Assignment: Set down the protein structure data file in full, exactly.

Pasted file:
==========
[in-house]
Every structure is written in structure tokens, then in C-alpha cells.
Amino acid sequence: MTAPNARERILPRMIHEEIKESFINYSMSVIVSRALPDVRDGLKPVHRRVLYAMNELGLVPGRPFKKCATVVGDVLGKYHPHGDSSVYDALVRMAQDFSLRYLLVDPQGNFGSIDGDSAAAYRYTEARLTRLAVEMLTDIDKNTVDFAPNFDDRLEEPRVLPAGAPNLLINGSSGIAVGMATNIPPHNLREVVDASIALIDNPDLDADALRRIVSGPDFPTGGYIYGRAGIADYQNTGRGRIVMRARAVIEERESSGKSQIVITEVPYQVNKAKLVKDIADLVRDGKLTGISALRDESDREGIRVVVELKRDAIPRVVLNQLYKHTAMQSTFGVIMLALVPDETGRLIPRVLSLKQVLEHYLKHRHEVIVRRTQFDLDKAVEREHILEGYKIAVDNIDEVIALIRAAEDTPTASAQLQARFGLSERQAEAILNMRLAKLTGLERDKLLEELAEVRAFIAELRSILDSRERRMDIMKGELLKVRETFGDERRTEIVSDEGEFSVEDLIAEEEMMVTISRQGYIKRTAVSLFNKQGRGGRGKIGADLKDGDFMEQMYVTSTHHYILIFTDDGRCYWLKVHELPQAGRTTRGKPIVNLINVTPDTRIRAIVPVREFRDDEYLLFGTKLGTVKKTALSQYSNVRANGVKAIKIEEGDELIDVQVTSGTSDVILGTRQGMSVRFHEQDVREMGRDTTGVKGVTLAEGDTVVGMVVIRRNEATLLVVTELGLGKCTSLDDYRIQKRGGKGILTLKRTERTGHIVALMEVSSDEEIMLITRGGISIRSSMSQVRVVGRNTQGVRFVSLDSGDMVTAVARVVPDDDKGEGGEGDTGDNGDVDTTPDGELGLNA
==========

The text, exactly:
[in-house]
Every structure is written in structure tokens, then in C-alpha cells.
Amino acid sequence: MTAPNARERILPRMIHEEIKESFINYSMSVIVSRALPDVRDGLKPVHRRVLYAMNELGLVPGRPFKKCATVVGDVLGKYHPHGDSSVYDALVRMAQDFSLRYLLVDPQGNFGSIDGDSAAAYRYTEARLTRLAVEMLTDIDKNTVDFAPNFDDRLEEPRVLPAGAPNLLINGSSGIAVGMATNIPPHNLREVVDASIALIDNPDLDADALRRIVSGPDFPTGGYIYGRAGIADYQNTGRGRIVMRARAVIEERESSGKSQIVITEVPYQVNKAKLVKDIADLVRDGKLTGISALRDESDREGIRVVVELKRDAIPRVVLNQLYKHTAMQSTFGVIMLALVPDETGRLIPRVLSLKQVLEHYLKHRHEVIVRRTQFDLDKAVEREHILEGYKIAVDNIDEVIALIRAAEDTPTASAQLQARFGLSERQAEAILNMRLAKLTGLERDKLLEELAEVRAFIAELRSILDSRERRMDIMKGELLKVRETFGDERRTEIVSDEGEFSVEDLIAEEEMMVTISRQGYIKRTAVSLFNKQGRGGRGKIGADLKDGDFMEQMYVTSTHHYILIFTDDGRCYWLKVHELPQAGRTTRGKPIVNLINVTPDTRIRAIVPVREFRDDEYLLFGTKLGTVKKTALSQYSNVRANGVKAIKIEEGDELIDVQVTSGTSDVILGTRQGMSVRFHEQDVREMGRDTTGVKGVTLAEGDTVVGMVVIRRNEATLLVVTELGLGKCTSLDDYRIQKRGGKGILTLKRTERTGHIVALMEVSSDEEIMLITRGGISIRSSMSQVRVVGRNTQGVRFVSLDSGDMVTAVARVVPDDDKGEGGEGDTGDNGDVDTTPDGELGLNA